In the news: Zonta Club of Kankakee includes men in Facebook Zonta Says NO to Violence against women campaign

Dave Stukenborg, former deputy sheriff

The Zonta Club of Kankakee is spreading the Zonta Says No to Violence against Women message through a Facebook campaign. This campaign will include men, youhg men, and boys, from all walks of life, who willingly stand with members of our organization in supporting this most worthwhile cause.

From daily-journal.com:

The statistics on violence against women are stark: chances are one of three has been a victim of physical or sexual violence.

This overwhelming worldwide stat is the inspiration behind Zonta Club of Kankakee’s upcoming Facebook campaign, which coincides with an international charge to tackle violence against women.

From Nov. 25 through Dec. 10, the women’s advocacy club will post photos of men carrying “Zonta says no to violence against women” signs.

Those two dates are significant. Nov. 25 is International Day for the Elimination of Violence Against Women, and Dec. 10 is International Human Rights Day. This annual 16-day campaign is a bridge, reinforcing that violence against women is both a human rights issue and human rights violation.

The men in the soon-to-be posted photos come from different walks of life. They’re doctors, farmers, firefights, high school and college students. They’re men who want to end a human rights issue that’s boiled for too long. They want the women in their life to be safe.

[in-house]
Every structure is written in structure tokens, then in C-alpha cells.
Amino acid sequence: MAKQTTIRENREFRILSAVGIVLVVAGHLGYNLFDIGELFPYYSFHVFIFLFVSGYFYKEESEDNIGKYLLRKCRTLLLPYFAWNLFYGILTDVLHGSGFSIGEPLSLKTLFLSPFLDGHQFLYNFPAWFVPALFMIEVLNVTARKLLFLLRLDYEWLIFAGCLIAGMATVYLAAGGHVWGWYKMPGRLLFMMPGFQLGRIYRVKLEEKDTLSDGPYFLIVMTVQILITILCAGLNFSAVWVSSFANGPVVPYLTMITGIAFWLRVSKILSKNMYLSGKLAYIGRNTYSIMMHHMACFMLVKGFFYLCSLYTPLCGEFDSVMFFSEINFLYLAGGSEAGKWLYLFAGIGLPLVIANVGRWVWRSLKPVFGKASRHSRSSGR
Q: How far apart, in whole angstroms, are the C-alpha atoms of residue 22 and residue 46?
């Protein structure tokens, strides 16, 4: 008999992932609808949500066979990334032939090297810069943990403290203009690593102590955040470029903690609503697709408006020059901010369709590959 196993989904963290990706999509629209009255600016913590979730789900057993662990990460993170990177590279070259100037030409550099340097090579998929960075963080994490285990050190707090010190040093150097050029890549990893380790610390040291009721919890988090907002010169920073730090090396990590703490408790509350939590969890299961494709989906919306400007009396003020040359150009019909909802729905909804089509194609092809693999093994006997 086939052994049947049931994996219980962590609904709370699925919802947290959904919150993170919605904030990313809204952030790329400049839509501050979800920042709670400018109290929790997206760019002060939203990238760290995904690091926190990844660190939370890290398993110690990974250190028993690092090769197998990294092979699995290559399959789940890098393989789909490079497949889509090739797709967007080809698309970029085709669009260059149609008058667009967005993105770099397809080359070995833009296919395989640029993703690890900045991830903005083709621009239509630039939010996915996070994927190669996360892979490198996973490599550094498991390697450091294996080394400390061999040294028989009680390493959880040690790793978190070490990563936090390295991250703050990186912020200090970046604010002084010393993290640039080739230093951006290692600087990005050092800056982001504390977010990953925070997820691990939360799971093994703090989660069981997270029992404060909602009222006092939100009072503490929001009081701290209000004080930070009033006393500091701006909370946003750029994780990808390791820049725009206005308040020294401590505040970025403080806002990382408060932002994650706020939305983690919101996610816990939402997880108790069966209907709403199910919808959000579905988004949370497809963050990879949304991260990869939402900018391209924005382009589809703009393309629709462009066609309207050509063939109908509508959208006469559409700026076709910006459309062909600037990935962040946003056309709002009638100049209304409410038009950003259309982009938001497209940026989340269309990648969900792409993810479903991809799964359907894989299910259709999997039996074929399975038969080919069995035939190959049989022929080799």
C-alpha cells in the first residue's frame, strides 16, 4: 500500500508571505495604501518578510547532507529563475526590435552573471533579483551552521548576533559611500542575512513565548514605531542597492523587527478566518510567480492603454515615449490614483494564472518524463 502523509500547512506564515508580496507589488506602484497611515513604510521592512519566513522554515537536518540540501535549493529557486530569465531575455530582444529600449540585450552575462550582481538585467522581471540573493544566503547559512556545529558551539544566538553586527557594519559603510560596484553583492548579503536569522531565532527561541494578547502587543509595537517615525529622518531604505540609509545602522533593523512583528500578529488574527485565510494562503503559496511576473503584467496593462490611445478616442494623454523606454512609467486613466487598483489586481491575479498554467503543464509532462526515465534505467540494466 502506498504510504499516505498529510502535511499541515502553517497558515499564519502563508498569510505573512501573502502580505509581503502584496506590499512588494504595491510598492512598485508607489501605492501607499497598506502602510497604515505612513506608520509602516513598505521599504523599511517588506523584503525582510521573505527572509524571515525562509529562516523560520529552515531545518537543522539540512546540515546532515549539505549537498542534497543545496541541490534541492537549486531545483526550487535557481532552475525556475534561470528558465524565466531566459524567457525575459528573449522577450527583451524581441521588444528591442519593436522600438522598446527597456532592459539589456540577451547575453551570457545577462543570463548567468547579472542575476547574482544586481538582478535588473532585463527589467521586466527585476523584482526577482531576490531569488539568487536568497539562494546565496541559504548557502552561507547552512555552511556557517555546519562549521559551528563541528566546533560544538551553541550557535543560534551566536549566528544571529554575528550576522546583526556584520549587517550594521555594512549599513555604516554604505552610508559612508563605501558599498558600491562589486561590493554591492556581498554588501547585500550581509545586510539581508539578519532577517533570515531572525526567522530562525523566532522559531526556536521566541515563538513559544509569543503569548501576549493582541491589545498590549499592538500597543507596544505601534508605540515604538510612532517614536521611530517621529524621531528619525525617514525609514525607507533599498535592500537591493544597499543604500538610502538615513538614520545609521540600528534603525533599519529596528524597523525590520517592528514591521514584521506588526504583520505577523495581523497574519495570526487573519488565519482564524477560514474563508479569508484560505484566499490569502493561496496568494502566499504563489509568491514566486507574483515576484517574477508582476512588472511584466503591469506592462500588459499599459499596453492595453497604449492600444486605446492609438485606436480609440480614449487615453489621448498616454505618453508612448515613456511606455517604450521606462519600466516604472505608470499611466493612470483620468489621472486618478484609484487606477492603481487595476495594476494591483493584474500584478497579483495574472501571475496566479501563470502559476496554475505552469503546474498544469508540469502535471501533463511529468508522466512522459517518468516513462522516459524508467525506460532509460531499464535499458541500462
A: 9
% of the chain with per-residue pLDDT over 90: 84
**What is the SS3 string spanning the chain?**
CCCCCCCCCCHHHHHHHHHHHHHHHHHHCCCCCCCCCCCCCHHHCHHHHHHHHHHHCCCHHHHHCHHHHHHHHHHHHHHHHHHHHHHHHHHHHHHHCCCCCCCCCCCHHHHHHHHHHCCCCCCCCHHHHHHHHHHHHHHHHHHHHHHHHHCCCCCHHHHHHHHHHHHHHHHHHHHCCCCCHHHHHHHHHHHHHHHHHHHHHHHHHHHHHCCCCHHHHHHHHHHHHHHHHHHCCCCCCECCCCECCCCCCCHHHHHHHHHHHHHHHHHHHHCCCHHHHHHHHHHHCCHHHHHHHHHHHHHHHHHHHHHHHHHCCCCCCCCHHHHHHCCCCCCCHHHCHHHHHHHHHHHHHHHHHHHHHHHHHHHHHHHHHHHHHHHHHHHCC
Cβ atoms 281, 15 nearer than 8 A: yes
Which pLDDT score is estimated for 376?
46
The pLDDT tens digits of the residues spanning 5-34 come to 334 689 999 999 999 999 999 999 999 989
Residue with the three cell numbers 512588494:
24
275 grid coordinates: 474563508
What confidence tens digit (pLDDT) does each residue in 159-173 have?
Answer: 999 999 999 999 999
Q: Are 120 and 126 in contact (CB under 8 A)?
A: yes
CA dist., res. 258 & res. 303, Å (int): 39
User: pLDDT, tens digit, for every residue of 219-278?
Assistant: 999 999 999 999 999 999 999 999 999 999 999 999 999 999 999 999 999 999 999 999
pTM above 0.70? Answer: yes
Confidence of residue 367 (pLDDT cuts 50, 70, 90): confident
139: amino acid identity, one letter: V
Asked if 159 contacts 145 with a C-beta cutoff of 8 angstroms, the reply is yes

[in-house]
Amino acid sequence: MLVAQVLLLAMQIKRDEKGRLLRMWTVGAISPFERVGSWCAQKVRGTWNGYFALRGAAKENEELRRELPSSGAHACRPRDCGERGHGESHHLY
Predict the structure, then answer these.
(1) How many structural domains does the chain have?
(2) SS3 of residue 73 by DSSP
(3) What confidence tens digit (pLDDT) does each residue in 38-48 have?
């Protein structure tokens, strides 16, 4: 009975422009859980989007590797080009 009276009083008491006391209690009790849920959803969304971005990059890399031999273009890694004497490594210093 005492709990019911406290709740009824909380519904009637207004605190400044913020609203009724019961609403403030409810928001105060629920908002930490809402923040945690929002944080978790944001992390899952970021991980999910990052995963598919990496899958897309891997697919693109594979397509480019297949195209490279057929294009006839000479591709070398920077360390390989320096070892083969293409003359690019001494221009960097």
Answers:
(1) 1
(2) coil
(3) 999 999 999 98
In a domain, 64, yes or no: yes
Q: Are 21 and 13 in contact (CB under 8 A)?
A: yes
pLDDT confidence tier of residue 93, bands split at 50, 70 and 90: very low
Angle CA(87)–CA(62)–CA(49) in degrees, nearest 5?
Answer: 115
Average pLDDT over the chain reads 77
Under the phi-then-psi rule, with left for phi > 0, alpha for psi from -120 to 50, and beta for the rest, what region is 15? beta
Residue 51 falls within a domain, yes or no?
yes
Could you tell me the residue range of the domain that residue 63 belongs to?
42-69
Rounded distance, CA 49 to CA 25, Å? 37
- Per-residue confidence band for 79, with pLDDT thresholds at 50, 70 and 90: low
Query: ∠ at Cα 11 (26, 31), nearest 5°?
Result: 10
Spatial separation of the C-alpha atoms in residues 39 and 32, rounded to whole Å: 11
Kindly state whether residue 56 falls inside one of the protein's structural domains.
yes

“We want to end violence against women,” said Jackie Fink, chairwoman of the local Zonta Club’s advocacy committee. “The only way that this is going to happen is to get men on board. We need them to support our cause.”

Among these men is Matt McAllister, a grant administrator for Riverside Health Care, who doubles as the board president of Harbor House, a local intervention program for domestic violence.

The 38-year-old has seen and heard his share of violence against women. He also understands how it can affect a family.

“You see kids who witness abuse and how their parents treat each other. They’re silent victims,” McAllister said. “You want it to stop. You don’t want it to continue on to the next generation.”

As a high school teacher at Clifton Central, Fink also hopes young men rise to the challenge of ridding the world of violence against women.

“If we have any hope for our future, it has to start with the young,” Fink said. “I’m a teacher and a mom. That’s what I want to pass on to kids — to respect each other.”

Follow the Zonta Club of Kankakee on Facebook to support the anti-violence against women campaign.

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